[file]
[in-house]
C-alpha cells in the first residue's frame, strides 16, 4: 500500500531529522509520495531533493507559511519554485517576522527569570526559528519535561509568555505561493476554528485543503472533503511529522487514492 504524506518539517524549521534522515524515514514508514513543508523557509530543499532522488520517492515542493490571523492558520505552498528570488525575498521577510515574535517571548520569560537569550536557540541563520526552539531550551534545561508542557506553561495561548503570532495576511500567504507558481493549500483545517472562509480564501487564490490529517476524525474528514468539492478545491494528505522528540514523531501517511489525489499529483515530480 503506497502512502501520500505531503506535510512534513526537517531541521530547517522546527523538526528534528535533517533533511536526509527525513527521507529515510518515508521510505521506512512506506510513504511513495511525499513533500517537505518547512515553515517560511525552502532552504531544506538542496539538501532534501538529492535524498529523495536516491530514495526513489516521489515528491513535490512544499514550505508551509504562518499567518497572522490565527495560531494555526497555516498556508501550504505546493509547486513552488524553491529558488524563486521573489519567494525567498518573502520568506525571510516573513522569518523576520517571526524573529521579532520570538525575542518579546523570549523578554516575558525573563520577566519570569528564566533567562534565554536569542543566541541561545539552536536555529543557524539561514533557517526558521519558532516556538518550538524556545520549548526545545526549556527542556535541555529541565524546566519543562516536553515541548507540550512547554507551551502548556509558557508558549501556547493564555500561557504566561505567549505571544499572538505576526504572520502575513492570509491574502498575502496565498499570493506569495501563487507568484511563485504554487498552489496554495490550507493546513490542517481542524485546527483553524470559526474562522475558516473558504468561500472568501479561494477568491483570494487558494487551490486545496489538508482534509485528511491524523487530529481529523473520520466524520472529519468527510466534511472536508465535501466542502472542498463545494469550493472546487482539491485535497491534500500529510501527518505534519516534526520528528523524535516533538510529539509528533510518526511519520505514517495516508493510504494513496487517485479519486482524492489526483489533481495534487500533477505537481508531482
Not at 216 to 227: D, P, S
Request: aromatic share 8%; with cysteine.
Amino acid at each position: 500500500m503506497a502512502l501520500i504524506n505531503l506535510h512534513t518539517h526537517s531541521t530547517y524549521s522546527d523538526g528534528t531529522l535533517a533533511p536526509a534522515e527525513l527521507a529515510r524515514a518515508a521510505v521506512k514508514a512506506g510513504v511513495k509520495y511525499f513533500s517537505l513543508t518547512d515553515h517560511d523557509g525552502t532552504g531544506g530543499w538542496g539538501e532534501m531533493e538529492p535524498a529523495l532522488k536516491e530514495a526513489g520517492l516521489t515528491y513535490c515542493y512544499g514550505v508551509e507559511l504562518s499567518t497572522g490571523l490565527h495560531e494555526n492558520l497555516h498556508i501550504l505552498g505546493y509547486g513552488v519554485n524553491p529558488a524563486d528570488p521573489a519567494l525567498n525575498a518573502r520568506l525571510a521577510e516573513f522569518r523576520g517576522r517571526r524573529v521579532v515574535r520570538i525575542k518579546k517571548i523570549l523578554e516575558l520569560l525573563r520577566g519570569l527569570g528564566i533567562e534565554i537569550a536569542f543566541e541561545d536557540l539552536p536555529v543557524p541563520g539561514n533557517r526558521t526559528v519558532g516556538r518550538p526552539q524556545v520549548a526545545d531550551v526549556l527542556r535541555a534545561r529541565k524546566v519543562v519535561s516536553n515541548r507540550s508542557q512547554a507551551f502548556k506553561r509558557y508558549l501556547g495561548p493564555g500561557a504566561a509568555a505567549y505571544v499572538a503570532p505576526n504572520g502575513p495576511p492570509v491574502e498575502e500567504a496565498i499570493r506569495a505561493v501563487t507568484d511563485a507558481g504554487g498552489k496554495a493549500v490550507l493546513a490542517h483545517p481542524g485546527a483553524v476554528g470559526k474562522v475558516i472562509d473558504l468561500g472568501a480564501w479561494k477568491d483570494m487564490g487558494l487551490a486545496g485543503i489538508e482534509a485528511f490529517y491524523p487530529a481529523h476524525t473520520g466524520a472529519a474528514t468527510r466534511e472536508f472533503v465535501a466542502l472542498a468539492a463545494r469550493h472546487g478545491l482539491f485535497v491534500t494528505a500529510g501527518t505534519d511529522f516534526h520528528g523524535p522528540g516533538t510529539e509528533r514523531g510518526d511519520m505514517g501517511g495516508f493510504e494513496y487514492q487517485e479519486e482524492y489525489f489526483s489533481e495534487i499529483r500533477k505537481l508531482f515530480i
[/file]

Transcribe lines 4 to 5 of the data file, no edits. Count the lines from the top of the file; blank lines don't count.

Request: aromatic share 8%; with cysteine.
Amino acid at each position: 500500500m503506497a502512502l501520500i504524506n505531503l506535510h512534513t518539517h526537517s531541521t530547517y524549521s522546527d523538526g528534528t531529522l535533517a533533511p536526509a534522515e527525513l527521507a529515510r524515514a518515508a521510505v521506512k514508514a512506506g510513504v511513495k509520495y511525499f513533500s517537505l513543508t518547512d515553515h517560511d523557509g525552502t532552504g531544506g530543499w538542496g539538501e532534501m531533493e538529492p535524498a529523495l532522488k536516491e530514495a526513489g520517492l516521489t515528491y513535490c515542493y512544499g514550505v508551509e507559511l504562518s499567518t497572522g490571523l490565527h495560531e494555526n492558520l497555516h498556508i501550504l505552498g505546493y509547486g513552488v519554485n524553491p529558488a524563486d528570488p521573489a519567494l525567498n525575498a518573502r520568506l525571510a521577510e516573513f522569518r523576520g517576522r517571526r524573529v521579532v515574535r520570538i525575542k518579546k517571548i523570549l523578554e516575558l520569560l525573563r520577566g519570569l527569570g528564566i533567562e534565554i537569550a536569542f543566541e541561545d536557540l539552536p536555529v543557524p541563520g539561514n533557517r526558521t526559528v519558532g516556538r518550538p526552539q524556545v520549548a526545545d531550551v526549556l527542556r535541555a534545561r529541565k524546566v519543562v519535561s516536553n515541548r507540550s508542557q512547554a507551551f502548556k506553561r509558557y508558549l501556547g495561548p493564555g500561557a504566561a509568555a505567549y505571544v499572538a503570532p505576526n504572520g502575513p495576511p492570509v491574502e498575502e500567504a496565498i499570493r506569495a505561493v501563487t507568484d511563485a507558481g504554487g498552489k496554495a493549500v490550507l493546513a490542517h483545517p481542524g485546527a483553524v476554528g470559526k474562522v475558516i472562509d473558504l468561500g472568501a480564501w479561494k477568491d483570494m487564490g487558494l487551490a486545496g485543503i489538508e482534509a485528511f490529517y491524523p487530529a481529523h476524525t473520520g466524520a472529519a474528514t468527510r466534511e472536508f472533503v465535501a466542502l472542498a468539492a463545494r469550493h472546487g478545491l482539491f485535497v491534500t494528505a500529510g501527518t505534519d511529522f516534526h520528528g523524535p522528540g516533538t510529539e509528533r514523531g510518526d511519520m505514517g501517511g495516508f493510504e494513496y487514492q487517485e479519486e482524492y489525489f489526483s489533481e495534487i499529483r500533477k505537481l508531482f515530480i